Some shows are not action-packed, but focus instead of human emotion and family conflict. “Yunhi” alls into this category, feeling almost poetic at times with its presentation and old-world charm. “Yunhi” stars Maya Ali, Bilal Ashraf, Behroze Sabzwari, Deepak Perwani, Uzma Beg, Tazeen Hussain, Tahira Imam, Khaqan Shahnawaz, Laiba Khurram, Manzoor Qureshi, Maha Hassan and others. “Yunhi” has been written by Sarwat Nazir and directed by Ehtashamuddin.
In episode 32, Iqbal (Tazeen Hussain) and Zulfi’s (Mujtaba Ali) wedding festivities have begun, bringing the date of Kim’s (Maya Ali) departure closer. What’s beautiful about the way this has been executed is that we can feel the emotions both Dawood (Bilal Ashraf) and Kim are going through. With any other show, this could be called the “dragging phase,” however with a show like “Yunhi,” which is emotion-heavy, we are now at the crux of the story. Up until now, Dawood has always been the one catering to Kim’s whims, protecting her, defending her, showing open affection and attempting to convince her to stay. However, now, with George’s arrival – and Kim’s behavior towards Dawood’s wishes -, he realizes that he cannot hold Kim hostage in a marriage that she doesn’t want. And if she does want it, he cannot be in a marriage with someone who does not respect him or hold his opinions in high regard. Asking a woman not to meet her ex-boyfriend is an expectation of men and women of all cultures, even the United States, so this is a big misstep on Kim’s part. This episode shows Kim’s discomfort at the thought of leaving without Dawood as he removes her from his life – and it’s now Kim’s turn to go through some self-reflection. These moments are much needed to round out Kim’s harsh edges and put this couple on equal footing. Both Maya Ali and Bilal Ashraf are doing such a wonderful job in these roles, making us root for Dawood & Kim while also understanding their dilemma.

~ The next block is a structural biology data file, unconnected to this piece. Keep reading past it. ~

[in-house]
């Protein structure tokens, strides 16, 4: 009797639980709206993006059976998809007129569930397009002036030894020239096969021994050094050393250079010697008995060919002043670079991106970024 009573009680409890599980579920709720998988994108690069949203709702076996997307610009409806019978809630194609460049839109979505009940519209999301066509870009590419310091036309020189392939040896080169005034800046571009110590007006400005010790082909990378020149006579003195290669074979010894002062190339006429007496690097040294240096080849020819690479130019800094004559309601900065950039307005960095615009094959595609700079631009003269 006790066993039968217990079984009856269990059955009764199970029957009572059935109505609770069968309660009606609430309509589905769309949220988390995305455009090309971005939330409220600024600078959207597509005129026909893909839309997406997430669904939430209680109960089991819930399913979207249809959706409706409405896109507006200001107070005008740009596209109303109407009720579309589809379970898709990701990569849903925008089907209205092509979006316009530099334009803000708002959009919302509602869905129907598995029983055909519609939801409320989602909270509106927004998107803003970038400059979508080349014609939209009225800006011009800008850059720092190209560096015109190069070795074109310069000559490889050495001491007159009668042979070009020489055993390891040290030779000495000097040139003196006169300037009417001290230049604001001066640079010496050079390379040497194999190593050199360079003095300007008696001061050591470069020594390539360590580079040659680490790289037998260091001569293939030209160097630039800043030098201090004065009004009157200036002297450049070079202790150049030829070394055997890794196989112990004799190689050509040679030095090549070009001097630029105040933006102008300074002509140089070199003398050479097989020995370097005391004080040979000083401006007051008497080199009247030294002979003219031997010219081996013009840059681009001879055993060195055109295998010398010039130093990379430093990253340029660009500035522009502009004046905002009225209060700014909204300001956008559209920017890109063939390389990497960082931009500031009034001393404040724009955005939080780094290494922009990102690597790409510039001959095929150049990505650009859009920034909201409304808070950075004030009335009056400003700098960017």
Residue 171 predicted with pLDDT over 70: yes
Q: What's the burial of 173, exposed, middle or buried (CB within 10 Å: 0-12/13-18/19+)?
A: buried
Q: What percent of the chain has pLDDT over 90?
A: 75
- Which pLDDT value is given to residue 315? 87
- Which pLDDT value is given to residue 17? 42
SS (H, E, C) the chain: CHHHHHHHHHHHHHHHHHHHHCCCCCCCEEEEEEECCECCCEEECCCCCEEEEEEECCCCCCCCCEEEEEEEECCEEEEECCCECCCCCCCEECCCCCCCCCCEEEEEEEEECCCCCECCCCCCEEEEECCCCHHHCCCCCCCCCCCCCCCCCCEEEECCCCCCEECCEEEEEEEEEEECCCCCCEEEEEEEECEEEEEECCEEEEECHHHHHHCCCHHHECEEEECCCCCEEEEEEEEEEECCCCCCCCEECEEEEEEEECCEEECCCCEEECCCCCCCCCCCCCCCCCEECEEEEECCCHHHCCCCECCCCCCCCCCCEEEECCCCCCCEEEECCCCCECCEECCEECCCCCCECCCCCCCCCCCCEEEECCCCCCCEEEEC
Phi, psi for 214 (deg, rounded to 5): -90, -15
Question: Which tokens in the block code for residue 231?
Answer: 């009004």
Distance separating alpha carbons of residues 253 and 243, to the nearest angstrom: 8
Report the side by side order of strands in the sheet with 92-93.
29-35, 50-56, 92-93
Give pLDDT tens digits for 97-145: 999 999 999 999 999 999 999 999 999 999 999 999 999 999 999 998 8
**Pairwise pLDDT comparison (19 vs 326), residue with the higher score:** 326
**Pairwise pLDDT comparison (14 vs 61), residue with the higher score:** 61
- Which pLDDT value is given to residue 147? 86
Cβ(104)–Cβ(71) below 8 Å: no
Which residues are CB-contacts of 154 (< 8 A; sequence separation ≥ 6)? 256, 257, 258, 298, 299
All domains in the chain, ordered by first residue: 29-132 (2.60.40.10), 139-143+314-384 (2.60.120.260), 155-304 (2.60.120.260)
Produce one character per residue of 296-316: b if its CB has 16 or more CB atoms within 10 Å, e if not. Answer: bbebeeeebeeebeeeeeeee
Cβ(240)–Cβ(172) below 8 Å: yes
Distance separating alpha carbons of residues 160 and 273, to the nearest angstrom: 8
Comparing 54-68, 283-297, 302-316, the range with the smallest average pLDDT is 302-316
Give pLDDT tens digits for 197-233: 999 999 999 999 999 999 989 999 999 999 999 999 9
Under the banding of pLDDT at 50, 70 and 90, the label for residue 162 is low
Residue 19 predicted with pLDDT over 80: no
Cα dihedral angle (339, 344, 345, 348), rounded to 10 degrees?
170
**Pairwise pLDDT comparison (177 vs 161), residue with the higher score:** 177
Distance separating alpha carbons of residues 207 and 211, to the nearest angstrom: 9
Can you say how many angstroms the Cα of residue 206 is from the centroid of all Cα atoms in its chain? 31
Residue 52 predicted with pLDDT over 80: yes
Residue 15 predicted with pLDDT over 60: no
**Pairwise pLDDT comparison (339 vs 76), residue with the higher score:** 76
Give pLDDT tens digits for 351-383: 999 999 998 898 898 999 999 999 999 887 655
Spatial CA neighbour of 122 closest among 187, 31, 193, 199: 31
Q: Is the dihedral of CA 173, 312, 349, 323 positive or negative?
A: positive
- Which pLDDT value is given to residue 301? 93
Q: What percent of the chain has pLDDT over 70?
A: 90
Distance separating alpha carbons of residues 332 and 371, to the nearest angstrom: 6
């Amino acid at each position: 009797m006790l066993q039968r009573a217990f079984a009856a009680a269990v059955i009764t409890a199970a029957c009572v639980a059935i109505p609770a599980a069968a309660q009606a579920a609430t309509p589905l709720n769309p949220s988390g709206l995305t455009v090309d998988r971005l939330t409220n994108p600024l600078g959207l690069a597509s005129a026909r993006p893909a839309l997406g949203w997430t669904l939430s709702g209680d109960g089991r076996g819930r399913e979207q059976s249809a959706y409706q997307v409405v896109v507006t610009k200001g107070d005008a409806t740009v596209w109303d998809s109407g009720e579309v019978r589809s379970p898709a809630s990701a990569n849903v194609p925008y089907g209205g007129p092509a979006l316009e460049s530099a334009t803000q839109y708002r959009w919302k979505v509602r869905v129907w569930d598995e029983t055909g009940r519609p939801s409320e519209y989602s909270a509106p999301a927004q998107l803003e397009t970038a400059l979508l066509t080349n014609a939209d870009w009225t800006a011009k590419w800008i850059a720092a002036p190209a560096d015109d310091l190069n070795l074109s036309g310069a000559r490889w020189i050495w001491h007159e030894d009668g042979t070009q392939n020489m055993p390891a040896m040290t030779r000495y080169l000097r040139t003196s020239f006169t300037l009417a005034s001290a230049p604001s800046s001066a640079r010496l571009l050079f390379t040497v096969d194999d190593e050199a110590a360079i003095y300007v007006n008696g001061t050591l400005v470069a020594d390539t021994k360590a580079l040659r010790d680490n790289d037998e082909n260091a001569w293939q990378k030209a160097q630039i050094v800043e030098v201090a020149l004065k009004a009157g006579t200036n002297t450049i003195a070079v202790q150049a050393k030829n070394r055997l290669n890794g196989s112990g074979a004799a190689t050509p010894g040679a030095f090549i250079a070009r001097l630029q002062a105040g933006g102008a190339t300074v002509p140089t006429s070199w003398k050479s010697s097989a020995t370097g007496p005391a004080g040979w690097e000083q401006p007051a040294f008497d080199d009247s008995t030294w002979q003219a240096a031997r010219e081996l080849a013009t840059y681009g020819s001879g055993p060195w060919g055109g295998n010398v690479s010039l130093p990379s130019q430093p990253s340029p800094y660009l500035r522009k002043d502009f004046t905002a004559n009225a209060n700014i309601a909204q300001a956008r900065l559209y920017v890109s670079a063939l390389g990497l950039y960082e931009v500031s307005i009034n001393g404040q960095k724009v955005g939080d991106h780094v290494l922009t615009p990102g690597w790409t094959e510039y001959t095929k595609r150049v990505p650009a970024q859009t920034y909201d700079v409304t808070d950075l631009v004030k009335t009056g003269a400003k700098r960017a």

While Kim and Dawood’s relationship is falling apart, Kim’s relationships with the rest of the family have only grown stronger. Razia (Tahira Imam) has wholeheartedly accepted Kim as her daughter while Iqbal and Suraiyya (Maha Hassan) adore her. Dada (Manzoor Qureshi) has also become more receptive to Kim’s ways. It’s beautiful to see how these relationships have grown and strengthened, their bonds feeling genuine. The scenes between the family and George at the wedding as they all try to speak Urdu are laugh-out-loud funny thanks to Behroze Sabzwari at his comedic best, Manzoor Qurshi and Saad Faridi, though the actor playing George truly lacks acting talent, which puts a damper on the overall quality of the moment. Unfortunately, the family is shocked upon hearing about Dawood and Kim’s plans to separate with Dada scolding Dawood and attempting to change his mind. However, Dawood is a chip off the old block and is as stubborn and determined as his grandfather.
Of course, this episode cannot be discussed without talking about Iqbal and Zulfi, the now newlyweds. Everything about their first day in their home is adorable, from Zulfi making tea for Iqbal to Iqbal discussing her dreams of being a career woman. This is a supportive, loving couple and now, seeing how Iqbal’s ideals are different from the family in which she was raised, it’s clear that Iqbal and Zulfi are a perfect match. Tazeen Hussain and Mujtaba Ali’s natural chemistry wins our hearts and we long for more scenes between these two!
“Yunhi” continues to go from strength to strength. Things between Dawood and Kim are only getting worse, particularly after George’s appearance at the wedding. I’d love to know in what world an American would show up to a wedding event uninvited? It’s a small criticism though in an otherwise great episode. With only two episodes left, “Yunhi” is a show that audiences will be sad to see coming to an end. Here’s to hoping the last episodes are strong, meaningful ones.